This week in the housing market, mortgage rates resumed their upward movement, mortgage applications continued their downward movement and industry experts weighed in on the arrival of the next recession.
On The Mortgage Front: Federal Home Loan Mortgage Corp - Freddie Mac FMCC reported the 30-year fixed-rate mortgage averaged 5.23% as of June 9, up from last week when it averaged 5.09%. The 15-year fixed-rate mortgage averaged 4.38%, up from last week when it averaged 4.32%. And the 5-year Treasury-indexed hybrid adjustable-rate mortgage averaged 4.12%, up from last week when it averaged 4.04%.
“After little movement the last few weeks, mortgage rates rose again on the back of increased economic activity and incoming inflation data,” said Sam Khater, Freddie Mac’s chief economist. “The housing market is incredibly rate-sensitive, so as mortgage rates increase suddenly, demand again is pulling back.
“The material decline in purchase activity, combined with the rising supply of homes for sale, will cause a deceleration in price growth to more normal levels, providing some relief for buyers still interested in purchasing a home,” Khater added
The Mortgage Bankers Association (MBA) reported that its Market Composite Index, a measure of mortgage loan application volume, was down last week by 6.5% from one week earlier. The Purchase Index was down by 7% and the Refinance Index decreased 6% — the latter was also 21% lower than the same week one year ago.
“Weakness in both purchase and refinance applications pushed the market index down to its lowest level in 22 years,” said Joel Kan, MBA’s associate vice president of economic and industry forecasting, who also noted the “purchase market has suffered from persistently low housing inventory and the jump in mortgage rates over the past two months. These worsening affordability challenges have been particularly hard on prospective first-time buyers.”
On The Homebuying Front: While home prices continue to break records, Zillow Group Inc Z ZG polled 100 industry experts to determine if this environment is turning into a new housing bubble.
According to Zillow, 60% of the respondents said they do not believe the U.S. housing market is currently in a bubble, compared to 32% who said a bubble existed and 8% who were not sure.
"Americans have seen home values rise at record rates over the past few years. But although a recession is looking more and more likely, the housing market today is a far different beast than what we saw in the mid-2000s," said Zillow economist Nicole Bachaud. "Unlike in 2006, this market is underpinned by strong fundamentals and has been built on mortgages with sound credit, factors that won't change in the near term."
Zillow also asked the 100 experts about the potential for a new recession. The majority of respondents (45%) expected the next U.S. recession to begin in 2023, while 30% expected a recession this year, 8% predicted it would come in 2024 and 17% saw it happening beyond 2024.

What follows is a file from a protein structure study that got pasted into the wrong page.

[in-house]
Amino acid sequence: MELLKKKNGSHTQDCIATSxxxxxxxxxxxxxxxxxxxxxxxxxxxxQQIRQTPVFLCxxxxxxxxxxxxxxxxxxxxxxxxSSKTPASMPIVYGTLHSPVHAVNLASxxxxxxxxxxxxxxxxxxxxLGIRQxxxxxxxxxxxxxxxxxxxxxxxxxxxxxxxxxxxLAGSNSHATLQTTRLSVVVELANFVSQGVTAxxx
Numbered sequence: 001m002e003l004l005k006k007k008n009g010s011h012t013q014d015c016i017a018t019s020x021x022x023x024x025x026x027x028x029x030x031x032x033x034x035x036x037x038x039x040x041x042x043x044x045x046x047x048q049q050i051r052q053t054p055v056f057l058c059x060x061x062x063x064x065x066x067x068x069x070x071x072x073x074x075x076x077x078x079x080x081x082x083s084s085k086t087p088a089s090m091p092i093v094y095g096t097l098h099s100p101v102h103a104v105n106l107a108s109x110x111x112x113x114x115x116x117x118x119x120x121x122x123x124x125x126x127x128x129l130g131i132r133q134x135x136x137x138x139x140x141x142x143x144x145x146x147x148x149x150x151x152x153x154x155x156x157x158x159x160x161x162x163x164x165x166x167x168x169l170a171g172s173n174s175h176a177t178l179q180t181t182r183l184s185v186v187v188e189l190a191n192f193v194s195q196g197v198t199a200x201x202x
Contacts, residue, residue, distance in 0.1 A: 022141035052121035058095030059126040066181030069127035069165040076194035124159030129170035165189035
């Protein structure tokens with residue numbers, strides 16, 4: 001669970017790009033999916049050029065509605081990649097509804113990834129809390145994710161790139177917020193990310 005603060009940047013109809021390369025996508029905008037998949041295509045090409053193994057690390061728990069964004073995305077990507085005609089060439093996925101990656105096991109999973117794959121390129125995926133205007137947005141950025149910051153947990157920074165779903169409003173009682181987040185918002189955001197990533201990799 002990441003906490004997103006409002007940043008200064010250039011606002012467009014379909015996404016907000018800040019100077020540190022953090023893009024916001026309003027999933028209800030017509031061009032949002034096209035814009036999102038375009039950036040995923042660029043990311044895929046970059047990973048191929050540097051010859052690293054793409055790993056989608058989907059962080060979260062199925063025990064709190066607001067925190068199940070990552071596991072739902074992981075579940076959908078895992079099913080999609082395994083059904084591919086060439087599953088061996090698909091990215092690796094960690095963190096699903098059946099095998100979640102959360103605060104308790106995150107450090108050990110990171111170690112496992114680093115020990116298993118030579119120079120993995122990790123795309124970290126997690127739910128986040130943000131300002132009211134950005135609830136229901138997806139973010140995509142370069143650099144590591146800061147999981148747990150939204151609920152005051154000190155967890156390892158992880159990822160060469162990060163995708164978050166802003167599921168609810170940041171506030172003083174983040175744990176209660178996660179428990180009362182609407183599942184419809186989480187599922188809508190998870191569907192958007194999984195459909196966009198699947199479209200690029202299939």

"Although the Great Recession was triggered by a housing crash, it's an outlier in the grand history of recessions, which have often strengthened investment in housing due to its relative stability as an asset," Bachaud said.
The Equal Opportunity Front: Federal National Mortgage Association - Fannie Mae FNMA released a three-year Equitable Housing Finance Plan designed to address continuing affordability and accessibility challenges faced by Black renters and homeowners.
According to Fannie Mae, the new plan focuses on three key areas: preparing Black consumers early through credit building and financial education, identifying and removing the “unnecessary obstacles” that prevent Black Americans from gaining a residence and enhancing sustainable homeownership so renters and homeowners can withstand disruptions or temporary hardships that would force their removal from their residences.
"Our Equitable Housing Finance Plan lays the groundwork to meaningfully address housing barriers faced by Black renters and homeowners," said David C. Benson, president and interim CEO at Fannie Mae. "We want to knock down these barriers, one by one, doing our part to undo the legacy of discriminatory practices that perpetuate racial housing gaps in America. The plan is a solid step toward this goal and a milestone in our work to make housing stronger, fairer, and more sustainable for the people and communities we serve."
On The Fire Risk Front: When it comes to buying a home, it appears that prices are greater in markets with a higher risk of fires.
New data from Redfin Corp RDFN determined the median sale price of homes with higher fire risks was $550,500 in April, compared with $431,300 for homes with low risks, a 27.6% difference.
Much of this is due to location and property size. Redfin noted homes with a higher fire-risk tend to be either larger and/or located in pricey West Coast metros, including many suburban and rural areas that saw a greater migration of new residents during the COVID-19 pandemic. As a result, the median sale price of high-risk homes was up 51.7% in April from two years earlier, while the median sale price of low-risk homes increased by 40.9%.
“Suburban homes tend to be more expensive because they’re large, and demand for large homes skyrocketed during the pandemic as Americans sought respite from crowded city life,” said Redfin Senior Economist Sheharyar Bokhari. “Pandemic buyers also hunted for deals due to surging home prices, and while fire-prone homes aren’t cheaper on average, buyers may feel they’re getting more bang for their buck because they’re getting more space. And for some pandemic buyers, the fire-prone home they bought in suburbia was actually cheaper than their last home because they were relocating from somewhere like San Francisco or Seattle.”
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